Potential new therapeutic molecular target to fight cancer

Nov 01, 2007

Researchers at the Virginia Commonwealth University Massey Cancer Center have identified the enzyme sphingosine kinase 2 as a possible new therapeutic target to improve the efficacy of chemotherapy for colon and breast cancer.

In the Nov. 1 issue of the journal Cancer Research, researchers examined human colon and breast cancer cells and established a role of sphingosine kinase 2 (SphK2), an enzyme that forms the potent lipid mediator sphingosine-1-phosphate in the death of cancer cells mediated by the chemotherapeutic drug, doxorubicin.

Doxorubicin is able to kill cancer cells by working with p53, one of the most protective anti-cancer proteins in the human body. However, doxorubicin also relies on p53- independent mechanisms to induce death in colon and breast cancer cells.

“Understanding how doxorubicin kills in a p53-independent manner is a major goal of cancer researchers because most cancer cells have mutated p53,” said lead author Sarah Spiegel, Ph.D., chair and professor in the VCU Department of Biochemistry and Molecular Biology and co-leader of the cancer center's cancer cell biology program.

According to Spiegel, the study demonstrated that SphK2 is important for p53-independent induction of expression of p21, a cyclin-dependent kinase inhibitor. This p21 regulates the cell cycle, and apoptosis or programmed cell suicide, mediated by doxorubicin. Human colon and breast cancer cells were killed more efficiently by doxorubicin when SphK2 was removed from the cells.

“Therefore, the findings suggest that SphK2 influences the balance between cytostasis, and apoptosis of human cancer cells,” Spiegel said. Cytostasis refers to the stoppage of cellular growth and multiplication.

Spiegel said that cell death was induced by doxorubicin and decreased p21.

Spiegel, who is internationally recognized for her pioneering work on new lipid mediators that regulate cell growth and cell death, and her colleagues, first discovered the role of sphingosine-1-phosphate in cell growth regulation nearly a decade ago. Spiegel and her team are continuing this work to better understand the functions of these enzymes.

Source: Virginia Commonwealth University

Explore further: The fine line between breast cancer and normal tissues

add to favorites email to friend print save as pdf

Related Stories

Battling superbugs with gene-editing system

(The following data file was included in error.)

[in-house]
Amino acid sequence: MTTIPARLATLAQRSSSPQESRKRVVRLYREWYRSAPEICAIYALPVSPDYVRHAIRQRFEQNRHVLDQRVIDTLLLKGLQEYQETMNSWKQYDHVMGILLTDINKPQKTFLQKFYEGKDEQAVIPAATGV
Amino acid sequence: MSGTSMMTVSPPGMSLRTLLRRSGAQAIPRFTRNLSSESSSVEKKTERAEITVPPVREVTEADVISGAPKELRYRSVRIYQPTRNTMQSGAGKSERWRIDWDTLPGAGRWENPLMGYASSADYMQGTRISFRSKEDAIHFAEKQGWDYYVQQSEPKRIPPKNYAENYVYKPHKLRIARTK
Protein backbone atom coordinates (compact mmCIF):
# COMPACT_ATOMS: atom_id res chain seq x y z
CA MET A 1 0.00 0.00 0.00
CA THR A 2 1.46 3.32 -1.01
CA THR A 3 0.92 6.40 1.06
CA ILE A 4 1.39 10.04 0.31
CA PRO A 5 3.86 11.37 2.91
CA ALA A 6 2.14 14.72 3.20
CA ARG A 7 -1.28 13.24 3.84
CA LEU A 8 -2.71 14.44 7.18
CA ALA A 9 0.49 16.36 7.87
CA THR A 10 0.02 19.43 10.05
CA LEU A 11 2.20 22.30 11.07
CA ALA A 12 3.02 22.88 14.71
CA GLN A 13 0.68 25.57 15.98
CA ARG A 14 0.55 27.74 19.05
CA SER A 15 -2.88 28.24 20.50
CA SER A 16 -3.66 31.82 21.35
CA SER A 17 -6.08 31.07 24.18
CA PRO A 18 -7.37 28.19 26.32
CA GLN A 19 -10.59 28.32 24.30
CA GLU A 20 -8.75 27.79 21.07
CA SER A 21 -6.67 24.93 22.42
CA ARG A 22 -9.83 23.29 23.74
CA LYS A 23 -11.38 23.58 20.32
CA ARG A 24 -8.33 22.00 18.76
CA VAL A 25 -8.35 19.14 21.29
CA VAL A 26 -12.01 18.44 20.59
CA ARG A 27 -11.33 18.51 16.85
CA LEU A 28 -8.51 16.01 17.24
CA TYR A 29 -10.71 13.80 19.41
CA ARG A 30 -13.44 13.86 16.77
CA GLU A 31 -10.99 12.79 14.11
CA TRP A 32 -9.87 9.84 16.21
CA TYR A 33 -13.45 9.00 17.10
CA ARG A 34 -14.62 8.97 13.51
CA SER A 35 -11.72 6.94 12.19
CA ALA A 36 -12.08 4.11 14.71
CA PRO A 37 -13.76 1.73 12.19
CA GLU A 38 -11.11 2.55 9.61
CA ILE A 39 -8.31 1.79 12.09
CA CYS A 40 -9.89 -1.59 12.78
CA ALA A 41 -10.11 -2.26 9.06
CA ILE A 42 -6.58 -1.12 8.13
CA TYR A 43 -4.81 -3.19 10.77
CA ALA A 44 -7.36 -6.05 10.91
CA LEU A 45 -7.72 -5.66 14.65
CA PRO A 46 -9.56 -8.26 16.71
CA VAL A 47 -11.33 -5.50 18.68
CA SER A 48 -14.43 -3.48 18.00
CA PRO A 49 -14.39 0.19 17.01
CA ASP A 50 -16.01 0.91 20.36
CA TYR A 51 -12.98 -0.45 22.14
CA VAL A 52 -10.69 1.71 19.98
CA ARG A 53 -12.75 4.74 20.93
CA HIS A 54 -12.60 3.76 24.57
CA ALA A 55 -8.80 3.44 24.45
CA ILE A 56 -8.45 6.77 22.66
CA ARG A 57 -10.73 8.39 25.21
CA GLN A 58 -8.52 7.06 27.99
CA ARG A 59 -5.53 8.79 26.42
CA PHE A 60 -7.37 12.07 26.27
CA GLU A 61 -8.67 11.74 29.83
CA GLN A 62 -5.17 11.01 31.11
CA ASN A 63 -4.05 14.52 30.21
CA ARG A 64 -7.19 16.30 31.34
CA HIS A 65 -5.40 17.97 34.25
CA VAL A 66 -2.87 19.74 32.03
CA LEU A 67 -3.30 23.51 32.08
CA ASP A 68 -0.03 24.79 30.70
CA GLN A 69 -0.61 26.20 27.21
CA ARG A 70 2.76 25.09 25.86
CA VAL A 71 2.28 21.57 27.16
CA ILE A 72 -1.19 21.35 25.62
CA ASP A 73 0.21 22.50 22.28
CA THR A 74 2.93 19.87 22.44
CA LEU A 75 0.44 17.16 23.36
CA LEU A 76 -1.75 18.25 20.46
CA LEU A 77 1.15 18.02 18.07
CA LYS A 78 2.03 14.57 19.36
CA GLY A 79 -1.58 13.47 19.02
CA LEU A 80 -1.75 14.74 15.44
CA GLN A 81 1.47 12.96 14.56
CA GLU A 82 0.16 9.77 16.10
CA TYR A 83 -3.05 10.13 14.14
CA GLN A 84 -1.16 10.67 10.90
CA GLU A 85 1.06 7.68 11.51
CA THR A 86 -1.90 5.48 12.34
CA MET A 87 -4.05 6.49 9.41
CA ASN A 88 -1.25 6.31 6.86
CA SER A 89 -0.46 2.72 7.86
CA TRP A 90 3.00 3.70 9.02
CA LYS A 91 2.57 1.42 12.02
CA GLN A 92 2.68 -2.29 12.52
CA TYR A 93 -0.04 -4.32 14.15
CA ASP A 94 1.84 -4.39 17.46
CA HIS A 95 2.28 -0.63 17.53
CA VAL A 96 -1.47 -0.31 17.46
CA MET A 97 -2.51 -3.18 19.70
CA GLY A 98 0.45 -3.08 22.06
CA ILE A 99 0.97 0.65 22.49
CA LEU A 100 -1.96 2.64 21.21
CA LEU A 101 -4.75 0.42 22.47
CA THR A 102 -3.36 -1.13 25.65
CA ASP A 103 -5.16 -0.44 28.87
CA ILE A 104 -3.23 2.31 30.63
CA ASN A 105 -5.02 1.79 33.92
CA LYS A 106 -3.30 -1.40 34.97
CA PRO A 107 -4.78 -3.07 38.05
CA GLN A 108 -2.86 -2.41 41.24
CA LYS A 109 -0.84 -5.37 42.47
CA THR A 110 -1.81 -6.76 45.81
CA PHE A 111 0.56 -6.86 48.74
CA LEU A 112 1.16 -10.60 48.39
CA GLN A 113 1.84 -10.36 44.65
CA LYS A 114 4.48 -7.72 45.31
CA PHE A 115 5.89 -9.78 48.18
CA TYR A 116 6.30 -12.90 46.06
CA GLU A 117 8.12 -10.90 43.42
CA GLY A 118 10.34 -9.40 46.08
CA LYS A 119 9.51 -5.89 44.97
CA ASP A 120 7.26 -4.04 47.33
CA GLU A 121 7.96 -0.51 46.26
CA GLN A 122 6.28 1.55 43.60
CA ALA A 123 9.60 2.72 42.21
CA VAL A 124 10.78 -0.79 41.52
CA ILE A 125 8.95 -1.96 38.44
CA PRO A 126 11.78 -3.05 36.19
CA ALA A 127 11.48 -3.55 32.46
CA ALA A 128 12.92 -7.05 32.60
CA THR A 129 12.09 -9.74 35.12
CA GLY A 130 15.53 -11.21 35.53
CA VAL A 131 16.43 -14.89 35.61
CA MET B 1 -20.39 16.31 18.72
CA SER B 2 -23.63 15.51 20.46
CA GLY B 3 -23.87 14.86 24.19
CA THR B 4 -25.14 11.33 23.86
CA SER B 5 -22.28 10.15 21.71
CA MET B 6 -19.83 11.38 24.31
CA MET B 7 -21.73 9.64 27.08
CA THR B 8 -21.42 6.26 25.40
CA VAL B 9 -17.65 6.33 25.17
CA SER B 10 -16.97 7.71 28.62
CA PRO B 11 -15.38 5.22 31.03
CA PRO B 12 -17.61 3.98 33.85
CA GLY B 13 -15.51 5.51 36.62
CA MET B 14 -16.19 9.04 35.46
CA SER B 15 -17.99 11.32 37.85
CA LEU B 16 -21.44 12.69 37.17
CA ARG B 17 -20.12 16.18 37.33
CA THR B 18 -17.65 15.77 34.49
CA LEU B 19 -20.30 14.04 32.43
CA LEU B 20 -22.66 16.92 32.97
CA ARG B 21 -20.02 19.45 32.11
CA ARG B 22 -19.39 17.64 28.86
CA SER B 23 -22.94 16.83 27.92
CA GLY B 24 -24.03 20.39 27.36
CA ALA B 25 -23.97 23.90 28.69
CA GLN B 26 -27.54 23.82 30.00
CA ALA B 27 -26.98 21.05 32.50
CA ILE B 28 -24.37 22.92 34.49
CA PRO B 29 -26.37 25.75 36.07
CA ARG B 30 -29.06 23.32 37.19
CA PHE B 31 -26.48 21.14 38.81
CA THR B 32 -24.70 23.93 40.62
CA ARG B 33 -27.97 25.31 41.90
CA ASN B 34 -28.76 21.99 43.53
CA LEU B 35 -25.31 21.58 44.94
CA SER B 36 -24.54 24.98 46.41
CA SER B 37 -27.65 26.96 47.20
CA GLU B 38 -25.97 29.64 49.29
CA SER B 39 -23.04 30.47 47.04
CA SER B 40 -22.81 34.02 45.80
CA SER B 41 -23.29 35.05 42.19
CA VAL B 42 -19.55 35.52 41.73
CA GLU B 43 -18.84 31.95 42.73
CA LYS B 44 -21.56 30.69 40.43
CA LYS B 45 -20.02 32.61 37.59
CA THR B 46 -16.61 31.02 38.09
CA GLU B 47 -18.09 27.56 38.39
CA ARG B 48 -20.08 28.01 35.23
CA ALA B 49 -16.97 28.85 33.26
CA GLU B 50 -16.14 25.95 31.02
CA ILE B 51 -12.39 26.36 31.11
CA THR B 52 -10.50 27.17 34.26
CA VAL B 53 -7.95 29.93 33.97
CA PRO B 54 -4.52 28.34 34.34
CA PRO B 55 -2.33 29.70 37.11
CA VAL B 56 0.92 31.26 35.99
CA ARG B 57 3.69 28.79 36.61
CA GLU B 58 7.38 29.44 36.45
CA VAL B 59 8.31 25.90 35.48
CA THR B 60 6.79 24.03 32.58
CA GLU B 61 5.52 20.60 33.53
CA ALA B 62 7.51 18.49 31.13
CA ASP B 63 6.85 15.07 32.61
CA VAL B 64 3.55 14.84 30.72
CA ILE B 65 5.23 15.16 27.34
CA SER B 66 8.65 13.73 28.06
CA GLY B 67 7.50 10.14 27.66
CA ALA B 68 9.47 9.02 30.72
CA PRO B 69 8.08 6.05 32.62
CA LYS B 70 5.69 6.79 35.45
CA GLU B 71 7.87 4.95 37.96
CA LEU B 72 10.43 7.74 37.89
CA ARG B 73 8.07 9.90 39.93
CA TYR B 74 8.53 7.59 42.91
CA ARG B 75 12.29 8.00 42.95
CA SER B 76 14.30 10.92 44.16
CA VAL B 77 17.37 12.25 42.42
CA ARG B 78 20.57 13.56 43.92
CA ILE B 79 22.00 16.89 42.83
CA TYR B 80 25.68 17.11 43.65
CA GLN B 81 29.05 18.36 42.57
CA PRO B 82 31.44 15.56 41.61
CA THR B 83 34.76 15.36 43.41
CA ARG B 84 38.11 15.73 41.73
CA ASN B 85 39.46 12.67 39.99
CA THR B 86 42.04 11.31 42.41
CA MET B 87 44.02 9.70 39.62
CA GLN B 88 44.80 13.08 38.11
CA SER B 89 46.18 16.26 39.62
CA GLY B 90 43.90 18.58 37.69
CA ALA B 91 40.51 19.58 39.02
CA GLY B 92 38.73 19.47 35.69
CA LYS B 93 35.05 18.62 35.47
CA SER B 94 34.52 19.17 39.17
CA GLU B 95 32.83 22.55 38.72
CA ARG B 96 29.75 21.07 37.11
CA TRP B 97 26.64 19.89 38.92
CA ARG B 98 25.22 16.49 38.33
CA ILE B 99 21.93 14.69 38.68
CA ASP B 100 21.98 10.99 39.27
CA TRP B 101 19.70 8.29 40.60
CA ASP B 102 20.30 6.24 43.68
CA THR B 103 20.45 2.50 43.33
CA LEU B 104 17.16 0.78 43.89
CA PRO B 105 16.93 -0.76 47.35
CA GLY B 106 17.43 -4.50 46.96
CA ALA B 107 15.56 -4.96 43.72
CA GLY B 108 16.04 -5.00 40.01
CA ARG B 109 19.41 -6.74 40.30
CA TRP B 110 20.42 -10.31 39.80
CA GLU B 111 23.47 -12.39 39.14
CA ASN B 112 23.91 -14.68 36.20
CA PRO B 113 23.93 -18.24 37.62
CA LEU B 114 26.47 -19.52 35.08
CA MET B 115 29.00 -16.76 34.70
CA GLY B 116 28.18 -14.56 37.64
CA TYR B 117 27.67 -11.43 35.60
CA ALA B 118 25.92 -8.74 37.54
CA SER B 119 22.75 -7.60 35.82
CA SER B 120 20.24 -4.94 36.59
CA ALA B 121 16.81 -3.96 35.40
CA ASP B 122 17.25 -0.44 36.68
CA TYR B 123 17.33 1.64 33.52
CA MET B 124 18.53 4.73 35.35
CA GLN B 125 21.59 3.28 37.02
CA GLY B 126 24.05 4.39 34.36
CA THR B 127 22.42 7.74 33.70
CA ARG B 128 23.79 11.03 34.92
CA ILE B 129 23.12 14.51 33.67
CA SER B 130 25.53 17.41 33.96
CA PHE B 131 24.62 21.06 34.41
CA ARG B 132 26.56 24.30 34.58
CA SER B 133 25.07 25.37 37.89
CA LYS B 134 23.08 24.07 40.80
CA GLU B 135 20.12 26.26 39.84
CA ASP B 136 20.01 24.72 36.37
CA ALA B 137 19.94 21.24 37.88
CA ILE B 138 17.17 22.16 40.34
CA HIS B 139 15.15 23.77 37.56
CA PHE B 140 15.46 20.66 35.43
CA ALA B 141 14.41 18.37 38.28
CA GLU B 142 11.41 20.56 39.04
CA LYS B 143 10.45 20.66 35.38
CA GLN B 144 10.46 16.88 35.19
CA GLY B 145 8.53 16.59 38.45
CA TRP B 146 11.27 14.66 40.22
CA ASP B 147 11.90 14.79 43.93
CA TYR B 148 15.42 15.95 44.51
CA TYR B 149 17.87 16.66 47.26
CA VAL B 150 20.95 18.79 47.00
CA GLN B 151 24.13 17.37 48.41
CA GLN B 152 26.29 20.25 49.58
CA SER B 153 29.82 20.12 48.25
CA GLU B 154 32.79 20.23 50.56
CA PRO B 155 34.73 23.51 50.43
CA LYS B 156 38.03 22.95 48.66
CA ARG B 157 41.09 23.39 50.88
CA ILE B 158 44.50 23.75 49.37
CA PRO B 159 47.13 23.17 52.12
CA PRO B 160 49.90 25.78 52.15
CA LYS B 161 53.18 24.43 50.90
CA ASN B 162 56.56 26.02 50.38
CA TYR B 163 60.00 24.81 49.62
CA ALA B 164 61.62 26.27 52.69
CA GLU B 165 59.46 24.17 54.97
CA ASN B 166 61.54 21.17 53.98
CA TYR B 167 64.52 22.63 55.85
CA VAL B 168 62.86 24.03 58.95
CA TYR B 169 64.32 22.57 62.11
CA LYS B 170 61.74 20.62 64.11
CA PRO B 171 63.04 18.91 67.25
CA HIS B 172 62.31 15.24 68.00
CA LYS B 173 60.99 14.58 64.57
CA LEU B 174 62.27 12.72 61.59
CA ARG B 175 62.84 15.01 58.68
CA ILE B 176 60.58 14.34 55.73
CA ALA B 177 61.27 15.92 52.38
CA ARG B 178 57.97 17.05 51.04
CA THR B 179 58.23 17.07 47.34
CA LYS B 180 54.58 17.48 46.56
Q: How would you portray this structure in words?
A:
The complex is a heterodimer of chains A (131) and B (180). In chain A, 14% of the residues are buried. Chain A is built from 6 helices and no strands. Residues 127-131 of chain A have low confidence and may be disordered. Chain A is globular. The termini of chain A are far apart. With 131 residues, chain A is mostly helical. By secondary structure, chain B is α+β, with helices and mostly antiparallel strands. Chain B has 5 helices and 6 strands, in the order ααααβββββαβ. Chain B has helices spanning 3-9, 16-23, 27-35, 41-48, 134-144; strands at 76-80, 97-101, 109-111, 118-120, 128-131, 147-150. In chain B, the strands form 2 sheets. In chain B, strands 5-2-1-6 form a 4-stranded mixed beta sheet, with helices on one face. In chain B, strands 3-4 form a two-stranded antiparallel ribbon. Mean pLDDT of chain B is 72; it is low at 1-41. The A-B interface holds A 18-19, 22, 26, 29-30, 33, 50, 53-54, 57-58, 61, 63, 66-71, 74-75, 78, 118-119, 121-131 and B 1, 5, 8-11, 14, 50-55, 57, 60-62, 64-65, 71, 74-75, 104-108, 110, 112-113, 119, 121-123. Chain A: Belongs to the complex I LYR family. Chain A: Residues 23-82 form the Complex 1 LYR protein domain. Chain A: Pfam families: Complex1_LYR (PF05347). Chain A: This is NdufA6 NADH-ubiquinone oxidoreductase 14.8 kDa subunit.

Sep 21, 2014

In recent years, new strains of bacteria have emerged that resist even the most powerful antibiotics. Each year, these superbugs, including drug-resistant forms of tuberculosis and staphylococcus, infect ...

Wireless sensor transmits tumor pressure

Sep 20, 2014

The interstitial pressure inside a tumor is often remarkably high compared to normal tissues and is thought to impede the delivery of chemotherapeutic agents as well as decrease the effectiveness of radiation ...

Base-pairing protects DNA from UV damage

Sep 19, 2014

Ludwig Maximilian University of Munich researchers have discovered a further function of the base-pairing that holds the two strands of the DNA double helix together: it plays a crucial role in protecting ...

Quantum mechanics to charge your laptop?

Sep 18, 2014

Top scientists from UC Berkeley and MIT found the expertise they lacked at FIU. They invited Sakhrat Khizroev, a professor with appointments in both medicine and engineering, to help them conduct research ...

Recommended for you

The fine line between breast cancer and normal tissues

1 hour ago

Up to 40 percent of patients undergoing breast cancer surgery require additional operations because surgeons may fail to remove all the cancerous tissue in the initial operation. However, researchers at Brigham ...

Pancreatic cancer risk not higher with diabetes Rx DPP-4i

2 hours ago

(HealthDay)—There is no increased short-term pancreatic cancer risk with dipeptidyl-peptidase-4 inhibitors (DPP-4i) compared to sulfonylureas (SU) and thiazolidinediones (TZD) for glycemic control, according ...

Good bowel cleansing is key for high-quality colonoscopy

4 hours ago

The success of a colonoscopy is closely linked to good bowel preparation, with poor bowel prep often resulting in missed precancerous lesions, according to new consensus guidelines released by the U.S. Multi-Society Task ...

New rules for anticancer vaccines

6 hours ago

Scientists have found a way to find the proverbial needle in the cancer antigen haystack, according to a report published in The Journal of Experimental Medicine.

User comments : 0